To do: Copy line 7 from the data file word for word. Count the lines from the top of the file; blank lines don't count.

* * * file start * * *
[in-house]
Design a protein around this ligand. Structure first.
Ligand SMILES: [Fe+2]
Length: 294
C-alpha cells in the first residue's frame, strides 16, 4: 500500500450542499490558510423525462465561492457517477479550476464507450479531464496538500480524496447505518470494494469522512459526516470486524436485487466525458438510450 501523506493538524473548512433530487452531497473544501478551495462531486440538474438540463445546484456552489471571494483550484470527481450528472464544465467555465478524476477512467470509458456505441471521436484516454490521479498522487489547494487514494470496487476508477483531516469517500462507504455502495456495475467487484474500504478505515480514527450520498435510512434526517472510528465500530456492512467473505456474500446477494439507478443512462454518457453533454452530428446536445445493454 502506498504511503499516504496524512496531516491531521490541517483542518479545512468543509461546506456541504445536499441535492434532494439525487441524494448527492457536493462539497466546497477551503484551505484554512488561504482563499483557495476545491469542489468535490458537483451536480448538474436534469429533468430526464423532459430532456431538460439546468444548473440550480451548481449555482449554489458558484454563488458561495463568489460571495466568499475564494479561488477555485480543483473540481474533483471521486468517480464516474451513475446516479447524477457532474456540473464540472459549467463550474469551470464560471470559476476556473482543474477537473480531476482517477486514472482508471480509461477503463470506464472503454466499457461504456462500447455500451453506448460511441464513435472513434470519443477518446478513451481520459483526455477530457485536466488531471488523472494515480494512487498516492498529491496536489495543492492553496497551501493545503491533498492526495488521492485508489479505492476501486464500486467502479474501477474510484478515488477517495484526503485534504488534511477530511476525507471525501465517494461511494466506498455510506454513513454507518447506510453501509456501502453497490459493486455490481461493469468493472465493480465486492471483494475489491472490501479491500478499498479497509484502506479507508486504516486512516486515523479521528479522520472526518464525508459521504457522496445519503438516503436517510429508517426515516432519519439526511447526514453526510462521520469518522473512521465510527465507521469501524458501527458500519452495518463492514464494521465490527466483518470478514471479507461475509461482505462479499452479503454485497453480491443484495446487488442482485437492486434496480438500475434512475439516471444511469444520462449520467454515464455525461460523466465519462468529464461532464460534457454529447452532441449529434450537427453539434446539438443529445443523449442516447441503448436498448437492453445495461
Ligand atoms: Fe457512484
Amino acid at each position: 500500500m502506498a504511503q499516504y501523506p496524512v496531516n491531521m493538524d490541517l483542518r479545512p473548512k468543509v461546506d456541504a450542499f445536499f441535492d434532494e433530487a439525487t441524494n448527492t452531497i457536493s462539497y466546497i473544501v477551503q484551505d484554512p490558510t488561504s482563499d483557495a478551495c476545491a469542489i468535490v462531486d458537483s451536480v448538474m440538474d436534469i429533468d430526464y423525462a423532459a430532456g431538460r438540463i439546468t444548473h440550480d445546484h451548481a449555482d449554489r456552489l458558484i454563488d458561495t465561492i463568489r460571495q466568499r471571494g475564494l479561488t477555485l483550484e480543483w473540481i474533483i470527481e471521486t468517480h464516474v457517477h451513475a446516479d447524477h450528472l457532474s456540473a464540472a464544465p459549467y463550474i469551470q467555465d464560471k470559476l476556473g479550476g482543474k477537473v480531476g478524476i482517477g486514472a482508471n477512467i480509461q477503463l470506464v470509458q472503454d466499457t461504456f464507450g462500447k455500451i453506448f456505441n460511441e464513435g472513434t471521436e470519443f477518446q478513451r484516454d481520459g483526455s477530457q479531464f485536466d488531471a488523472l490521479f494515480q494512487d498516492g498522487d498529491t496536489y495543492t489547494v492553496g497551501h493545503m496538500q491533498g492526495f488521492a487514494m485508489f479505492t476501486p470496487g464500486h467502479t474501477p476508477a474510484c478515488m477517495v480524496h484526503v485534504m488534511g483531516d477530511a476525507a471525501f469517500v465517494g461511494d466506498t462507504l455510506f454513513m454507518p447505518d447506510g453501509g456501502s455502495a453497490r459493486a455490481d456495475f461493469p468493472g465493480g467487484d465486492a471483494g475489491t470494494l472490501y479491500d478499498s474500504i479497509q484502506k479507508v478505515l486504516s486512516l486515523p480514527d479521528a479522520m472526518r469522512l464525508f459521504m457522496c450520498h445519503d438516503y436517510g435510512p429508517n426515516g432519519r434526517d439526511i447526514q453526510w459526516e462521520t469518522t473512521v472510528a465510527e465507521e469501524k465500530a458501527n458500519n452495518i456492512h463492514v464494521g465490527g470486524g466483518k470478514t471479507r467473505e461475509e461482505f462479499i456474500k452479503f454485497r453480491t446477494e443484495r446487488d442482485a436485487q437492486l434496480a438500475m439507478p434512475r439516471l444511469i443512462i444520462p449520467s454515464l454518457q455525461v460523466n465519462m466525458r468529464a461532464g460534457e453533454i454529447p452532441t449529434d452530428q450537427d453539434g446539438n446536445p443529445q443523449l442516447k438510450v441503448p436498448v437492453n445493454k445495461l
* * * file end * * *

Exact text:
Amino acid at each position: 500500500m502506498a504511503q499516504y501523506p496524512v496531516n491531521m493538524d490541517l483542518r479545512p473548512k468543509v461546506d456541504a450542499f445536499f441535492d434532494e433530487a439525487t441524494n448527492t452531497i457536493s462539497y466546497i473544501v477551503q484551505d484554512p490558510t488561504s482563499d483557495a478551495c476545491a469542489i468535490v462531486d458537483s451536480v448538474m440538474d436534469i429533468d430526464y423525462a423532459a430532456g431538460r438540463i439546468t444548473h440550480d445546484h451548481a449555482d449554489r456552489l458558484i454563488d458561495t465561492i463568489r460571495q466568499r471571494g475564494l479561488t477555485l483550484e480543483w473540481i474533483i470527481e471521486t468517480h464516474v457517477h451513475a446516479d447524477h450528472l457532474s456540473a464540472a464544465p459549467y463550474i469551470q467555465d464560471k470559476l476556473g479550476g482543474k477537473v480531476g478524476i482517477g486514472a482508471n477512467i480509461q477503463l470506464v470509458q472503454d466499457t461504456f464507450g462500447k455500451i453506448f456505441n460511441e464513435g472513434t471521436e470519443f477518446q478513451r484516454d481520459g483526455s477530457q479531464f485536466d488531471a488523472l490521479f494515480q494512487d498516492g498522487d498529491t496536489y495543492t489547494v492553496g497551501h493545503m496538500q491533498g492526495f488521492a487514494m485508489f479505492t476501486p470496487g464500486h467502479t474501477p476508477a474510484c478515488m477517495v480524496h484526503v485534504m488534511g483531516d477530511a476525507a471525501f469517500v465517494g461511494d466506498t462507504l455510506f454513513m454507518p447505518d447506510g453501509g456501502s455502495a453497490r459493486a455490481d456495475f461493469p468493472g465493480g467487484d465486492a471483494g475489491t470494494l472490501y479491500d478499498s474500504i479497509q484502506k479507508v478505515l486504516s486512516l486515523p480514527d479521528a479522520m472526518r469522512l464525508f459521504m457522496c450520498h445519503d438516503y436517510g435510512p429508517n426515516g432519519r434526517d439526511i447526514q453526510w459526516e462521520t469518522t473512521v472510528a465510527e465507521e469501524k465500530a458501527n458500519n452495518i456492512h463492514v464494521g465490527g470486524g466483518k470478514t471479507r467473505e461475509e461482505f462479499i456474500k452479503f454485497r453480491t446477494e443484495r446487488d442482485a436485487q437492486l434496480a438500475m439507478p434512475r439516471l444511469i443512462i444520462p449520467s454515464l454518457q455525461v460523466n465519462m466525458r468529464a461532464g460534457e453533454i454529447p452532441t449529434d452530428q450537427d453539434g446539438n446536445p443529445q443523449l442516447k438510450v441503448p436498448v437492453n445493454k445495461l